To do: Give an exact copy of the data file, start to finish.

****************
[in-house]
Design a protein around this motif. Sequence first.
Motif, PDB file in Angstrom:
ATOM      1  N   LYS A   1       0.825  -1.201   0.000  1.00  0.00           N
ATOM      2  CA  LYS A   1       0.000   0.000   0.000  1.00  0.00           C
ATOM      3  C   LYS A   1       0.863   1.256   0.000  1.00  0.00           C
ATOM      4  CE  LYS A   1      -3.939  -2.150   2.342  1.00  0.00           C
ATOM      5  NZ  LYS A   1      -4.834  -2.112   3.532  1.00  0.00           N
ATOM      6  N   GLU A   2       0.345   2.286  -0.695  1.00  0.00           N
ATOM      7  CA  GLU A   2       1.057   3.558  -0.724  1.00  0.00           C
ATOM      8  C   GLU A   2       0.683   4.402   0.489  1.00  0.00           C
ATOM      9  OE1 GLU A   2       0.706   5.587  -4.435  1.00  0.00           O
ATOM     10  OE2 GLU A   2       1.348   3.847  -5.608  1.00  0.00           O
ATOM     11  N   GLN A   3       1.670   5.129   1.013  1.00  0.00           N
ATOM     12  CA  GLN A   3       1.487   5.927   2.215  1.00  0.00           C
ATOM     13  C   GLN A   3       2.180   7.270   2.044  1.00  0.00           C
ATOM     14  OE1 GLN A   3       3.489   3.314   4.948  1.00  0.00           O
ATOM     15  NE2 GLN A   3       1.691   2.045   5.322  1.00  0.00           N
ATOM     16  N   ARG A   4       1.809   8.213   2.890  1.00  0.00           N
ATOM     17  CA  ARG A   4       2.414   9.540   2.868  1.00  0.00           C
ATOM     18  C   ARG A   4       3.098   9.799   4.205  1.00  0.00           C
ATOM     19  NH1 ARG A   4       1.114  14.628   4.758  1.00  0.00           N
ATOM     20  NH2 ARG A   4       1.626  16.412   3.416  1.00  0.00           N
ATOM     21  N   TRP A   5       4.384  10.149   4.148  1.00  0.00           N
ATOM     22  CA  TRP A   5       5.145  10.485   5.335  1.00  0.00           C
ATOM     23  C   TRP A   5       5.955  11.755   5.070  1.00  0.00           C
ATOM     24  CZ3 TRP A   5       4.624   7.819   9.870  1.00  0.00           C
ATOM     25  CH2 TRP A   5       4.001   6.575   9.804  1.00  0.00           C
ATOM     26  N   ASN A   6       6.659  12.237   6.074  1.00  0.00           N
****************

[in-house]
Design a protein around this motif. Sequence first.
Motif, PDB file in Angstrom:
ATOM      1  N   LYS A   1       0.825  -1.201   0.000  1.00  0.00           N
ATOM      2  CA  LYS A   1       0.000   0.000   0.000  1.00  0.00           C
ATOM      3  C   LYS A   1       0.863   1.256   0.000  1.00  0.00           C
ATOM      4  CE  LYS A   1      -3.939  -2.150   2.342  1.00  0.00           C
ATOM      5  NZ  LYS A   1      -4.834  -2.112   3.532  1.00  0.00           N
ATOM      6  N   GLU A   2       0.345   2.286  -0.695  1.00  0.00           N
ATOM      7  CA  GLU A   2       1.057   3.558  -0.724  1.00  0.00           C
ATOM      8  C   GLU A   2       0.683   4.402   0.489  1.00  0.00           C
ATOM      9  OE1 GLU A   2       0.706   5.587  -4.435  1.00  0.00           O
ATOM     10  OE2 GLU A   2       1.348   3.847  -5.608  1.00  0.00           O
ATOM     11  N   GLN A   3       1.670   5.129   1.013  1.00  0.00           N
ATOM     12  CA  GLN A   3       1.487   5.927   2.215  1.00  0.00           C
ATOM     13  C   GLN A   3       2.180   7.270   2.044  1.00  0.00           C
ATOM     14  OE1 GLN A   3       3.489   3.314   4.948  1.00  0.00           O
ATOM     15  NE2 GLN A   3       1.691   2.045   5.322  1.00  0.00           N
ATOM     16  N   ARG A   4       1.809   8.213   2.890  1.00  0.00           N
ATOM     17  CA  ARG A   4       2.414   9.540   2.868  1.00  0.00           C
ATOM     18  C   ARG A   4       3.098   9.799   4.205  1.00  0.00           C
ATOM     19  NH1 ARG A   4       1.114  14.628   4.758  1.00  0.00           N
ATOM     20  NH2 ARG A   4       1.626  16.412   3.416  1.00  0.00           N
ATOM     21  N   TRP A   5       4.384  10.149   4.148  1.00  0.00           N
ATOM     22  CA  TRP A   5       5.145  10.485   5.335  1.00  0.00           C
ATOM     23  C   TRP A   5       5.955  11.755   5.070  1.00  0.00           C
ATOM     24  CZ3 TRP A   5       4.624   7.819   9.870  1.00  0.00           C
ATOM     25  CH2 TRP A   5       4.001   6.575   9.804  1.00  0.00           C
ATOM     26  N   ASN A   6       6.659  12.237   6.074  1.00  0.00           N